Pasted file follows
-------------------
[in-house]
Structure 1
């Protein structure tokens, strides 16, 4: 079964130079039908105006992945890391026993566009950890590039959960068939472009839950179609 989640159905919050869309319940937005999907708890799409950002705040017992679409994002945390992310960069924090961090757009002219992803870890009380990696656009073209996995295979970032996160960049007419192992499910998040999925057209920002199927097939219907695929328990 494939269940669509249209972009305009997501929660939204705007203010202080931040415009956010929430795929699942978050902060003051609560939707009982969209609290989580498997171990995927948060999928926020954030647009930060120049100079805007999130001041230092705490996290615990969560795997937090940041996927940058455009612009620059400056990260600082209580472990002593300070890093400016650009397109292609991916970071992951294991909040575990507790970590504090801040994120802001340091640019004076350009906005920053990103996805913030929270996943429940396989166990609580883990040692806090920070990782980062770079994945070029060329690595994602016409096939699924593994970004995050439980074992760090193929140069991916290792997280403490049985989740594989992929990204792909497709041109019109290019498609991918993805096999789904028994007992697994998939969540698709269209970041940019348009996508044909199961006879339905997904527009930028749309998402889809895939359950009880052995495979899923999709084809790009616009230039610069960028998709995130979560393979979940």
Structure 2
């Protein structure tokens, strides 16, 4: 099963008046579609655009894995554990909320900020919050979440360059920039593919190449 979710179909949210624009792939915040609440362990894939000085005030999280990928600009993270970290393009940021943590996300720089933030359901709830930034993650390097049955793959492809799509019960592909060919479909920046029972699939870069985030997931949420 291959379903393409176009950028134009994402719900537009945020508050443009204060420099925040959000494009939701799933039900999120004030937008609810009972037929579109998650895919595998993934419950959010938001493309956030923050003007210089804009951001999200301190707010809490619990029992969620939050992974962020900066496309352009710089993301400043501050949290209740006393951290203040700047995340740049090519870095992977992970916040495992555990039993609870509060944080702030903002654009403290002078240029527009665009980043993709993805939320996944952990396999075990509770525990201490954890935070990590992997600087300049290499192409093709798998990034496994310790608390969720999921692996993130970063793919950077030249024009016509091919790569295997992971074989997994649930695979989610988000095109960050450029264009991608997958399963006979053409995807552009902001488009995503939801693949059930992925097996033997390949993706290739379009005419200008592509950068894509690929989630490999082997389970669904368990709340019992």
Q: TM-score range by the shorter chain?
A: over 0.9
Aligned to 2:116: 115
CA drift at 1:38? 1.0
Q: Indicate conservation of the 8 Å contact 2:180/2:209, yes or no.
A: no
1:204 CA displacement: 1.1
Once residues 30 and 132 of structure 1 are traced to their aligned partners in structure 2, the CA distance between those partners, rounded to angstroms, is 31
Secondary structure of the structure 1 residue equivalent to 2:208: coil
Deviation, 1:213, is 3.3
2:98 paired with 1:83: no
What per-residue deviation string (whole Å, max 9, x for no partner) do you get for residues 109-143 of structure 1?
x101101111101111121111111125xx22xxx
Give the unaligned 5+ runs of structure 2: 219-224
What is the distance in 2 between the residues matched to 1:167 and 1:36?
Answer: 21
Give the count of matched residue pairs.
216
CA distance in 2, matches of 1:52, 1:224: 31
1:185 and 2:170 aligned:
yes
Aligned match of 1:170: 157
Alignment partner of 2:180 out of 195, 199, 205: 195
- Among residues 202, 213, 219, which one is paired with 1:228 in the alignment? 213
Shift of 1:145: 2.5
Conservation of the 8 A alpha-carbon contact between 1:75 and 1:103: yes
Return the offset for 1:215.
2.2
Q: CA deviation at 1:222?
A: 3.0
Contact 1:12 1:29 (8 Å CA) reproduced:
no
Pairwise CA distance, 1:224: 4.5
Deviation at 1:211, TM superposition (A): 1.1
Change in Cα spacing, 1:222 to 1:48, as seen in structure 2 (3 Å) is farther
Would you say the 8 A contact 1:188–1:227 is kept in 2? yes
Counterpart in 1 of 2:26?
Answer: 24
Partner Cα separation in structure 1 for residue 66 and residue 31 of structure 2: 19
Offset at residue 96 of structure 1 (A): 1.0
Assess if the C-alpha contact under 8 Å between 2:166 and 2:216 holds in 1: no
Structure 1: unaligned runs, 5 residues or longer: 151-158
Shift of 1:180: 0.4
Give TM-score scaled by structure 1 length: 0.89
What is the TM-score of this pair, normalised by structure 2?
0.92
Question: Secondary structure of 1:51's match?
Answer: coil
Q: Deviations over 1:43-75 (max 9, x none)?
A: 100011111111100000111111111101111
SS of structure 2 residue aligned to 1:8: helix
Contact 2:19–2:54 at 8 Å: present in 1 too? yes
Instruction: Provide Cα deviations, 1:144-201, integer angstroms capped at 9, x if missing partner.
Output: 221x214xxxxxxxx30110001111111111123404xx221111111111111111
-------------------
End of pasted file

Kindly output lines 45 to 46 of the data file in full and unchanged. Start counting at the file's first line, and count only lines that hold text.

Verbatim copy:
Offset at residue 96 of structure 1 (A): 1.0
Assess if the C-alpha contact under 8 Å between 2:166 and 2:216 holds in 1: no